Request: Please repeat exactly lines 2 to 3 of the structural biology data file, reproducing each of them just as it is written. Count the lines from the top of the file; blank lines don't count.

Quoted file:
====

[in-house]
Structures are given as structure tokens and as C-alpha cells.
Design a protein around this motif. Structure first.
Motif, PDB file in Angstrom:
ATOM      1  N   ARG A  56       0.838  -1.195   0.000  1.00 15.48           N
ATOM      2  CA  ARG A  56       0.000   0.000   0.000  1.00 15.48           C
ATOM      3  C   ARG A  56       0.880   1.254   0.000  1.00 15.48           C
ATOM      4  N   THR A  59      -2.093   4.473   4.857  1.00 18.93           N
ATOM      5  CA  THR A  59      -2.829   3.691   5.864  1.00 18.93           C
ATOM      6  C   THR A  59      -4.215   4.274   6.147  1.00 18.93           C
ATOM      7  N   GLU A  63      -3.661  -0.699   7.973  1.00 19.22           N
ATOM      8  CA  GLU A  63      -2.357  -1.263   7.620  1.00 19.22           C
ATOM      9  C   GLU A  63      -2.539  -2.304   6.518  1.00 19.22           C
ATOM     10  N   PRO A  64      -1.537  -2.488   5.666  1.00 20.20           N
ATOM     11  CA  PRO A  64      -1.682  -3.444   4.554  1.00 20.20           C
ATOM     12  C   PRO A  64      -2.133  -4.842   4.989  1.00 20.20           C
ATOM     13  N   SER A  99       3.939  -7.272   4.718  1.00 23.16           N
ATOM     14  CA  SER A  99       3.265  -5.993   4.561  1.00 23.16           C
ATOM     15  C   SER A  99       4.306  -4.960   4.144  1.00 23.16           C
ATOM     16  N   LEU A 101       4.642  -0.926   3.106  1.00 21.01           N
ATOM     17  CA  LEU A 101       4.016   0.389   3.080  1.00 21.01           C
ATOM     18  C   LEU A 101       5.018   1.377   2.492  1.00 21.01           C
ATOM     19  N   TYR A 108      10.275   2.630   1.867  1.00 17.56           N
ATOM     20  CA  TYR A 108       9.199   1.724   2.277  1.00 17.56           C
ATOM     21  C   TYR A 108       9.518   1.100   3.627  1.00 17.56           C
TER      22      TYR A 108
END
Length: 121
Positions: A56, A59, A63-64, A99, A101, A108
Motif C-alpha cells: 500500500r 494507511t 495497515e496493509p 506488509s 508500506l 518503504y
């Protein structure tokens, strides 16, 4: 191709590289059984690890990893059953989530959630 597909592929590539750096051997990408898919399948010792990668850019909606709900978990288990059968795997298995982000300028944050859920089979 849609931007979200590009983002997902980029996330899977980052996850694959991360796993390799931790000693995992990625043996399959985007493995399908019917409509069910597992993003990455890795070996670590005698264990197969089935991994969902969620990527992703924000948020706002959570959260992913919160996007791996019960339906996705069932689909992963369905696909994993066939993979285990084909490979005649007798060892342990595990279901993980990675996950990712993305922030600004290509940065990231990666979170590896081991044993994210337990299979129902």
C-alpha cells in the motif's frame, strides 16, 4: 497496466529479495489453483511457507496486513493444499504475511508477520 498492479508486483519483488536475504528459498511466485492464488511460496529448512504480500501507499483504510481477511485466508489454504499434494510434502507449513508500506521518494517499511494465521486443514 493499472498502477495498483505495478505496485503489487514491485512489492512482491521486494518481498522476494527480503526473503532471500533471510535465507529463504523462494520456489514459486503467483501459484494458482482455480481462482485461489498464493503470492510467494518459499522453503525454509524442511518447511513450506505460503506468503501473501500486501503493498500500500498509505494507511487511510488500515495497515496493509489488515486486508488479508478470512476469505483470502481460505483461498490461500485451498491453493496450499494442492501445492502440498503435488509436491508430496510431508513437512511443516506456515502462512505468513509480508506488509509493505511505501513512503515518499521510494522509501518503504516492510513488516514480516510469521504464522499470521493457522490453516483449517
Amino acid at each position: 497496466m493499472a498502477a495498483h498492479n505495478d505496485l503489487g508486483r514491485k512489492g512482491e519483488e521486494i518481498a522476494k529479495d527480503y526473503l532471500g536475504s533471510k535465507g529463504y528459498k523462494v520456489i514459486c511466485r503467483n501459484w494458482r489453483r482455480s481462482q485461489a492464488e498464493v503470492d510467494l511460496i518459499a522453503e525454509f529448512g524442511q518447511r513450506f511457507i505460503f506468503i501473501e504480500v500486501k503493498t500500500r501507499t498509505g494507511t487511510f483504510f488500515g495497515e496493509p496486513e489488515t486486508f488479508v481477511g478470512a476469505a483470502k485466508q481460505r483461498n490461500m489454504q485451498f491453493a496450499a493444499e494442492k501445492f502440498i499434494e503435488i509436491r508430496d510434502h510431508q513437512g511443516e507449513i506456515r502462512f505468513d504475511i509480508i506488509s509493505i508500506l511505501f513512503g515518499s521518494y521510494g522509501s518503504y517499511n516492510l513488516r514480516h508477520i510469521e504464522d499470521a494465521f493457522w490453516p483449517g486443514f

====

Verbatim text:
Structures are given as structure tokens and as C-alpha cells.
Design a protein around this motif. Structure first.